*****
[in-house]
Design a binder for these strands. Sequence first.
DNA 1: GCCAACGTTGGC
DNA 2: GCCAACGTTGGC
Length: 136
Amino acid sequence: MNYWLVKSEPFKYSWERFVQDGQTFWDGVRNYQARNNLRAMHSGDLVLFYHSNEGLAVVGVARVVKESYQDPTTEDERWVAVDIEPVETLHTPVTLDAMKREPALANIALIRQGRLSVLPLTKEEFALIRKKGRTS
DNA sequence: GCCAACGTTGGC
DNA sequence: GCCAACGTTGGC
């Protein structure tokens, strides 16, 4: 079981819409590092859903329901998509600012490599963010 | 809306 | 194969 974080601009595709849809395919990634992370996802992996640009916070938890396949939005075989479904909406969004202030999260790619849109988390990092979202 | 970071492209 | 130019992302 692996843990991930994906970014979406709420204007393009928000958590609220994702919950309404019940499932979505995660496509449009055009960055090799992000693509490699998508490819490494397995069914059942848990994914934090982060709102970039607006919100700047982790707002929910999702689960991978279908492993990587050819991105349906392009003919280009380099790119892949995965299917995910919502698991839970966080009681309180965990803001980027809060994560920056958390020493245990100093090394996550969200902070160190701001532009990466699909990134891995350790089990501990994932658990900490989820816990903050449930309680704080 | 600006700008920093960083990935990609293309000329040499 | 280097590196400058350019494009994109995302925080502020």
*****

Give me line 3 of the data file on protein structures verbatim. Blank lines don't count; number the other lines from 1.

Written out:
DNA 1: GCCAACGTTGGC